Second disc 140 is a cardboard disc that fits snugly within lumen 158 and rests upon a movement restrictor 151 (see FIG. 3) that prevents second disc 140 from sliding out the bottom of outer wall 150. Preferably, second disc 140 is a circle with a diameter substantially equal to inner diameter 152. As defined herein, a "substantially equal" length or diameter is one that is within a 1 mm tolerance. This prevents second disc 140 from sliding around and helps to provide a tight seal in case semi-solid material 210 (see FIG. 2) leaks through the first disc and onto the second disc. Second disc could also be covered or impregnated with, or could otherwise include a permeation barrier material if desired. For marketing purposes, a bottom surface of second disc can be colored, corrugated, or have some other aesthetic design.
Spacer 130 is a short cardboard tube that the first disc 120 from the second disc 140. While spacer 130 is shown as a tube that fits snugly with the lumen, spacer 130 could be any suitable size and shape that helps restrict movement between first disc 120 and second disc 140. By placing a spacer in between first disc 120 and second disc 140, the false bottom allows jar 100 to appear as though it has more semi-solid material than it really does. This could be advantageous from a marketing standpoint, in at least three ways: (1) to compete with plastic walled jars that often contain dead space to make the product appear larger than it really is; (2) to provide a larger label; and (3) to provide a chamber for free prizes or coupons.
Both spacer 130 and first disc 120 could include permeation barrier material. First disc 120 should have at least its top surface and edges impregnated or otherwise covered with the permeation barrier material, since first disc 120 acts as the bottom to the interior cavity where the semi-solid material is held. The rim of first disc 120 can also be glued to the interior surface 156 to prevent any semi-solid material from leaking through spaces or cracks between them.
Inner wall 110 is also a cylindrical hollow tube with inner diameter 114, outer diameter 112, inner surface 118, and top edge 116. Inner wall 110, first disc 120 and cover 410 (see FIG. 4) define the interior cavity where the semi-solid or other product material is held.
The outer diameter 112 of inner wall 110 is configured to be juxtapose the inner diameter 152 of outer wall 150. While inner wall 110 is shaped to match the shape of outer wall 150, in alternative configurations (not shown) the inner wall could have any other suitable shape. Preferably, the difference between inner diameter 114 and outer diameter 112 (i.e., the thickness of inner wall 110) is at least 1 mm, but could also be at least 2 mm to allow for a larger "shelf" for a cover 410 (see FIG. 4) to rest upon.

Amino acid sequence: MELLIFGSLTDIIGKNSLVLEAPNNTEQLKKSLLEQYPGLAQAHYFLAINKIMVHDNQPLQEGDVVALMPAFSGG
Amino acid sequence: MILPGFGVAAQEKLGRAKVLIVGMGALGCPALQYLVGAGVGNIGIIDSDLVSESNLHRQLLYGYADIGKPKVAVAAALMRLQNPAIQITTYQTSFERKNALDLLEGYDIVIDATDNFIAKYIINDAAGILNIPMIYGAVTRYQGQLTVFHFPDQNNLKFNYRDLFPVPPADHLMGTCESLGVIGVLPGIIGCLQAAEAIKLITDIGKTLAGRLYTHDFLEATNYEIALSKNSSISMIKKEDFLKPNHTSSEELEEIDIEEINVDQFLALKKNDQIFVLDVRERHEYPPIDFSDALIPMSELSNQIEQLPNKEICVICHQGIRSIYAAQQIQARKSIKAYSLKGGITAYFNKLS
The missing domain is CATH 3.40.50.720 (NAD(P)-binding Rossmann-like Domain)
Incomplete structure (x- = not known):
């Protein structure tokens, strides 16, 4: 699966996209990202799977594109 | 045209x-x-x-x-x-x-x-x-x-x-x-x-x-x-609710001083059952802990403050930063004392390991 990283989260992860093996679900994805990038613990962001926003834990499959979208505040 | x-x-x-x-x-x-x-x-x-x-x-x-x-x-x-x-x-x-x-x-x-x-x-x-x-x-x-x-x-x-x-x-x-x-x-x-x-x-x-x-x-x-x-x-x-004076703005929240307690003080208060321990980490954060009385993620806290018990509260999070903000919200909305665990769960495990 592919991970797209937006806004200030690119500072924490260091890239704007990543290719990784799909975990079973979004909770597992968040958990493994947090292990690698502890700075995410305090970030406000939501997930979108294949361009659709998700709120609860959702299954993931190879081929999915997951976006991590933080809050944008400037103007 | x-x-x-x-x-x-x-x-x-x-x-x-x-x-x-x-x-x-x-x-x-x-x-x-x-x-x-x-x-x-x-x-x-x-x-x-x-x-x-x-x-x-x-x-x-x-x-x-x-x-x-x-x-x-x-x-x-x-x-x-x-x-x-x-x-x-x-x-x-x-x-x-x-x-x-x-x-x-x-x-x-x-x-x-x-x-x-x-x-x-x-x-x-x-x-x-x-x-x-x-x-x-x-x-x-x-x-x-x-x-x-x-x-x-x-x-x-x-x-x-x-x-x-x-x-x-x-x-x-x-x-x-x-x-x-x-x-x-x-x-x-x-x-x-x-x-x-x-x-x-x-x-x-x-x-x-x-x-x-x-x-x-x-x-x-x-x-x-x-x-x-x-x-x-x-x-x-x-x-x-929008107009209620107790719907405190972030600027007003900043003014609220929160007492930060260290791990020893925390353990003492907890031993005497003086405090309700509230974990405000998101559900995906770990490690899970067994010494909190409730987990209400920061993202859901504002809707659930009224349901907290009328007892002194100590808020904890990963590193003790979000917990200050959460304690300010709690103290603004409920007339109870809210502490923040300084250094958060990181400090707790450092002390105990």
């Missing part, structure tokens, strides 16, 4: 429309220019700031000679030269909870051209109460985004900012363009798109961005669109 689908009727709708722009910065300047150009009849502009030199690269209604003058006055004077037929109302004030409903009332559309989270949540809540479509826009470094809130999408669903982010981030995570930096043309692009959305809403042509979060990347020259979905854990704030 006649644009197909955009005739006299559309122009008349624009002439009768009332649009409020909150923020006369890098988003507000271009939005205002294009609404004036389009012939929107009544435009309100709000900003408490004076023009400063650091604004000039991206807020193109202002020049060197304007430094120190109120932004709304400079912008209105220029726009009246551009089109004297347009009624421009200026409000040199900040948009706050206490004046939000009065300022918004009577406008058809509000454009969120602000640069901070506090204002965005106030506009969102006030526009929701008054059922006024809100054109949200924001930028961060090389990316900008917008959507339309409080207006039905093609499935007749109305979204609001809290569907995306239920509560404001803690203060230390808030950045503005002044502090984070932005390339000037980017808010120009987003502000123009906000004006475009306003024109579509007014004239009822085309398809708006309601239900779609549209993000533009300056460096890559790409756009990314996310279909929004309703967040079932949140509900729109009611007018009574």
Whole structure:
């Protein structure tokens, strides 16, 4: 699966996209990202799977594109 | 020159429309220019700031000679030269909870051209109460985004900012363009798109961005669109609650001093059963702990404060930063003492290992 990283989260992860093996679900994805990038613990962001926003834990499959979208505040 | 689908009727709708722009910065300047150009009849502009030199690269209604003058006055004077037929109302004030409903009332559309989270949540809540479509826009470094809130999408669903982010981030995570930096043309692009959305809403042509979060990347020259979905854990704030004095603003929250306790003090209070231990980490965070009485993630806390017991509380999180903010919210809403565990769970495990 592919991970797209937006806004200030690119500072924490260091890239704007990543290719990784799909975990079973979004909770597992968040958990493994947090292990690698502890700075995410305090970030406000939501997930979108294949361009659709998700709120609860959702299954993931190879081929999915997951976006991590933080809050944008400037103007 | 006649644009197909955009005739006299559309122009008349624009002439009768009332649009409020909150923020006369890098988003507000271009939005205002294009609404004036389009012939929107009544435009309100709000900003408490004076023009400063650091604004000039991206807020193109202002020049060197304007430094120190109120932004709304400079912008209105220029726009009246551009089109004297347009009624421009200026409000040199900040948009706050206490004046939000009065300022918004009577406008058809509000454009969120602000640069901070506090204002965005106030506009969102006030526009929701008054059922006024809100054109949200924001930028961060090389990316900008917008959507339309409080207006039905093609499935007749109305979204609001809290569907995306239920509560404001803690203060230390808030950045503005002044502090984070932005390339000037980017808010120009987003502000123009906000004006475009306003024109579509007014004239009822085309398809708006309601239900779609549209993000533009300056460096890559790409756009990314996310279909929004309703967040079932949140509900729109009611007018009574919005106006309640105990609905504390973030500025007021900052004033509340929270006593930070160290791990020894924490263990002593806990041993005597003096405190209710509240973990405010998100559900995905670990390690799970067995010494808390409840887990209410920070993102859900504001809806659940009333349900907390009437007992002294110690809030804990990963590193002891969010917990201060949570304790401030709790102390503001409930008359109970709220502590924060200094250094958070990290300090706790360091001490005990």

In a manner similar to outer wall 150, inner wall 110 includes a permeation barrier, as a coating, impregnated material, or in some other manner. is also covered with the permeation barrier material and, Preferably, permeation barrier material is also included on top edge 116 to prevent the wall material from saturating if a user scrapes semi-solid material over the top edge 116 of inner wall 110.
Some sort of glue preferably holds inner wall 110 against outer wall 150, although other suitable coupling means could be used to join the walls together, including affixing inner wall to first disc 120, or using a clamp. A spacer (not shown) could also be placed between inner wall 110 and outer wall 150 to provide a false side in much the same way spacer 130 provides a false bottom.
FIG. 2 shows an assembled jar 200. From above, only outer wall 150 and inner wall 110 are visible, since the semi-solid or other product material 210 obscures a user's view.
Contemplated semi-solid product materials include facial cream, lotion, ice cream, yogurt, marzipan, lip balm, soft chocolate, soft cheese, ketchup, mustard, mayonnaise, relish, lemongrass, putty, caulk, wood filler, mosquito repellant, fire starters, boat leak paste, rosin, polish, or margarine spread. Typically, semi-solid or other product material 210 is either water or oil based, and could sometimes be both. As used herein, "oil" means any hydrophobic material that is liquid at room temperature. This includes, for example, petroleum, vegetable oil, butter, peanut butter, grease, and liquid animal fat. Liquids or solids could also be used in jar 200 as a product material, for example water, candy, cigarettes, spices, powdered drinks, protein powder, pins, tacks, screws, nails, jewelry, and pharmaceuticals.